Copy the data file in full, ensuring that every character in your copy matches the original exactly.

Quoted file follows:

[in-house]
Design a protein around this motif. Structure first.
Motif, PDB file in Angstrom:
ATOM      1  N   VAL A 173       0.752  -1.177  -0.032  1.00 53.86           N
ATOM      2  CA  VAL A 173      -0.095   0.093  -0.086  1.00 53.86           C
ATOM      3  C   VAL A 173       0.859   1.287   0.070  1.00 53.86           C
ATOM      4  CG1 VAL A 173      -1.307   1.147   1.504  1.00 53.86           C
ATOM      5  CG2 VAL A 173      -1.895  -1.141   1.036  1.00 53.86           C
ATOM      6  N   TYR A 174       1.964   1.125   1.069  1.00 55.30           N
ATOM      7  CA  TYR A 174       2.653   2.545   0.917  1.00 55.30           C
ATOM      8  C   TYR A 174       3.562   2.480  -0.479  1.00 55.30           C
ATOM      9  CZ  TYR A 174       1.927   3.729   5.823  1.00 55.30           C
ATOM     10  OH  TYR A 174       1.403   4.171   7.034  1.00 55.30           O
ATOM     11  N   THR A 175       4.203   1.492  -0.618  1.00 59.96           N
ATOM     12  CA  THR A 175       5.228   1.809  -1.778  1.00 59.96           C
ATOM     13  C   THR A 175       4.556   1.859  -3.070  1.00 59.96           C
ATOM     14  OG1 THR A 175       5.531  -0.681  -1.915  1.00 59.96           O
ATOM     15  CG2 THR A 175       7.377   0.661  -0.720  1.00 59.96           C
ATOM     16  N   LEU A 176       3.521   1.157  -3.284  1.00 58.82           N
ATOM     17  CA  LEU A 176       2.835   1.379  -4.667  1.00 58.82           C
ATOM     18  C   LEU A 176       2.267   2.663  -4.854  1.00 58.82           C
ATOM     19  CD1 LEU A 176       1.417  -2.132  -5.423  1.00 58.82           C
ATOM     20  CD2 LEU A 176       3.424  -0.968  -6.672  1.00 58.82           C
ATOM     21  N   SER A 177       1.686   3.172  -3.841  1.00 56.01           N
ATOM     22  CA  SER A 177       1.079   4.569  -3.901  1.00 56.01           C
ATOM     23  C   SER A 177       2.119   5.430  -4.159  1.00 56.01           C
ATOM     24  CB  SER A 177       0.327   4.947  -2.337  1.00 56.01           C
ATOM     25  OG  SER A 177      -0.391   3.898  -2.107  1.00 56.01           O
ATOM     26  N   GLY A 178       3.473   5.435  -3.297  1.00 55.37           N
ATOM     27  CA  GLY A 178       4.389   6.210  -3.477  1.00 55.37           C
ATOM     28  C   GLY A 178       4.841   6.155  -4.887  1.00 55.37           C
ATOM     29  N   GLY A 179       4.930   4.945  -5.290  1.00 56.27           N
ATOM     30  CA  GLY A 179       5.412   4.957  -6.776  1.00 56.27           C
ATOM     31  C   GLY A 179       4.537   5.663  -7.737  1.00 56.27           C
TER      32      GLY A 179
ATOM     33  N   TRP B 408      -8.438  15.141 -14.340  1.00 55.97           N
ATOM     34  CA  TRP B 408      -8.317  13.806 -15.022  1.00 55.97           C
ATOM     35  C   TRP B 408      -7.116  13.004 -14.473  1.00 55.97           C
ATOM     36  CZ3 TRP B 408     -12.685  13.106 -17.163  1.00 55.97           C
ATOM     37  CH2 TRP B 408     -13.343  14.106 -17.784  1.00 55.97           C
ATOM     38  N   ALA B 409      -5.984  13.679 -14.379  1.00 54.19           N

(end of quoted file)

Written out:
[in-house]
Design a protein around this motif. Structure first.
Motif, PDB file in Angstrom:
ATOM      1  N   VAL A 173       0.752  -1.177  -0.032  1.00 53.86           N
ATOM      2  CA  VAL A 173      -0.095   0.093  -0.086  1.00 53.86           C
ATOM      3  C   VAL A 173       0.859   1.287   0.070  1.00 53.86           C
ATOM      4  CG1 VAL A 173      -1.307   1.147   1.504  1.00 53.86           C
ATOM      5  CG2 VAL A 173      -1.895  -1.141   1.036  1.00 53.86           C
ATOM      6  N   TYR A 174       1.964   1.125   1.069  1.00 55.30           N
ATOM      7  CA  TYR A 174       2.653   2.545   0.917  1.00 55.30           C
ATOM      8  C   TYR A 174       3.562   2.480  -0.479  1.00 55.30           C
ATOM      9  CZ  TYR A 174       1.927   3.729   5.823  1.00 55.30           C
ATOM     10  OH  TYR A 174       1.403   4.171   7.034  1.00 55.30           O
ATOM     11  N   THR A 175       4.203   1.492  -0.618  1.00 59.96           N
ATOM     12  CA  THR A 175       5.228   1.809  -1.778  1.00 59.96           C
ATOM     13  C   THR A 175       4.556   1.859  -3.070  1.00 59.96           C
ATOM     14  OG1 THR A 175       5.531  -0.681  -1.915  1.00 59.96           O
ATOM     15  CG2 THR A 175       7.377   0.661  -0.720  1.00 59.96           C
ATOM     16  N   LEU A 176       3.521   1.157  -3.284  1.00 58.82           N
ATOM     17  CA  LEU A 176       2.835   1.379  -4.667  1.00 58.82           C
ATOM     18  C   LEU A 176       2.267   2.663  -4.854  1.00 58.82           C
ATOM     19  CD1 LEU A 176       1.417  -2.132  -5.423  1.00 58.82           C
ATOM     20  CD2 LEU A 176       3.424  -0.968  -6.672  1.00 58.82           C
ATOM     21  N   SER A 177       1.686   3.172  -3.841  1.00 56.01           N
ATOM     22  CA  SER A 177       1.079   4.569  -3.901  1.00 56.01           C
ATOM     23  C   SER A 177       2.119   5.430  -4.159  1.00 56.01           C
ATOM     24  CB  SER A 177       0.327   4.947  -2.337  1.00 56.01           C
ATOM     25  OG  SER A 177      -0.391   3.898  -2.107  1.00 56.01           O
ATOM     26  N   GLY A 178       3.473   5.435  -3.297  1.00 55.37           N
ATOM     27  CA  GLY A 178       4.389   6.210  -3.477  1.00 55.37           C
ATOM     28  C   GLY A 178       4.841   6.155  -4.887  1.00 55.37           C
ATOM     29  N   GLY A 179       4.930   4.945  -5.290  1.00 56.27           N
ATOM     30  CA  GLY A 179       5.412   4.957  -6.776  1.00 56.27           C
ATOM     31  C   GLY A 179       4.537   5.663  -7.737  1.00 56.27           C
TER      32      GLY A 179
ATOM     33  N   TRP B 408      -8.438  15.141 -14.340  1.00 55.97           N
ATOM     34  CA  TRP B 408      -8.317  13.806 -15.022  1.00 55.97           C
ATOM     35  C   TRP B 408      -7.116  13.004 -14.473  1.00 55.97           C
ATOM     36  CZ3 TRP B 408     -12.685  13.106 -17.163  1.00 55.97           C
ATOM     37  CH2 TRP B 408     -13.343  14.106 -17.784  1.00 55.97           C
ATOM     38  N   ALA B 409      -5.984  13.679 -14.379  1.00 54.19           N